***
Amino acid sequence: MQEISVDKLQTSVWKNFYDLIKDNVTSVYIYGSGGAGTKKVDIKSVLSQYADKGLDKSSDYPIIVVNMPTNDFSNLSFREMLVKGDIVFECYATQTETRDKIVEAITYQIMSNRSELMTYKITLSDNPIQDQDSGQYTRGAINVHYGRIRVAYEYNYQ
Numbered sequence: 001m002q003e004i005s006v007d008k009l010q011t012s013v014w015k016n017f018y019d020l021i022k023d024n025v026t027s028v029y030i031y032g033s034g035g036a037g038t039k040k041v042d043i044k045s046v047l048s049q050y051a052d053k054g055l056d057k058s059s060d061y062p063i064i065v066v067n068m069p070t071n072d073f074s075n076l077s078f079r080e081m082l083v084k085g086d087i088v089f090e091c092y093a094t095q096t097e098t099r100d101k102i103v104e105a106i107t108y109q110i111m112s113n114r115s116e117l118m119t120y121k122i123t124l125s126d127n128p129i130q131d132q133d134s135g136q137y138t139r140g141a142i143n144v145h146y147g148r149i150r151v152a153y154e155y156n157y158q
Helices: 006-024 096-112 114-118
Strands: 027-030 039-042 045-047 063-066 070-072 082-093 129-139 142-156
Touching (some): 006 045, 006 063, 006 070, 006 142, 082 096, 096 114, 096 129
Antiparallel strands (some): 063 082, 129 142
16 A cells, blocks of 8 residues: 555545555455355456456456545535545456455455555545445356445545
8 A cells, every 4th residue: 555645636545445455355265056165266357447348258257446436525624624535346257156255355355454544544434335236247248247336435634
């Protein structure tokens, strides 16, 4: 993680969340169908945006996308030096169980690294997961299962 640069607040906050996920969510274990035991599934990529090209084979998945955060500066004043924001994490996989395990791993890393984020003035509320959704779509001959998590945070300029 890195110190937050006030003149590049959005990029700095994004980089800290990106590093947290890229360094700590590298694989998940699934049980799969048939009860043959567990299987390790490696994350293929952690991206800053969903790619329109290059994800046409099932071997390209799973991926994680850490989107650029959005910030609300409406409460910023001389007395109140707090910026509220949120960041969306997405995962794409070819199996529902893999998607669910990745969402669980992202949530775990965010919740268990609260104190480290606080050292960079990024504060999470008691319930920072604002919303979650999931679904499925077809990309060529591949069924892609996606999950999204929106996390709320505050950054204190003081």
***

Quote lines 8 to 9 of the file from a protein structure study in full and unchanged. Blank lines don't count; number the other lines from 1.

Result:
8 A cells, every 4th residue: 555645636545445455355265056165266357447348258257446436525624624535346257156255355355454544544434335236247248247336435634
């Protein structure tokens, strides 16, 4: 993680969340169908945006996308030096169980690294997961299962 640069607040906050996920969510274990035991599934990529090209084979998945955060500066004043924001994490996989395990791993890393984020003035509320959704779509001959998590945070300029 890195110190937050006030003149590049959005990029700095994004980089800290990106590093947290890229360094700590590298694989998940699934049980799969048939009860043959567990299987390790490696994350293929952690991206800053969903790619329109290059994800046409099932071997390209799973991926994680850490989107650029959005910030609300409406409460910023001389007395109140707090910026509220949120960041969306997405995962794409070819199996529902893999998607669910990745969402669980992202949530775990965010919740268990609260104190480290606080050292960079990024504060999470008691319930920072604002919303979650999931679904499925077809990309060529591949069924892609996606999950999204929106996390709320505050950054204190003081």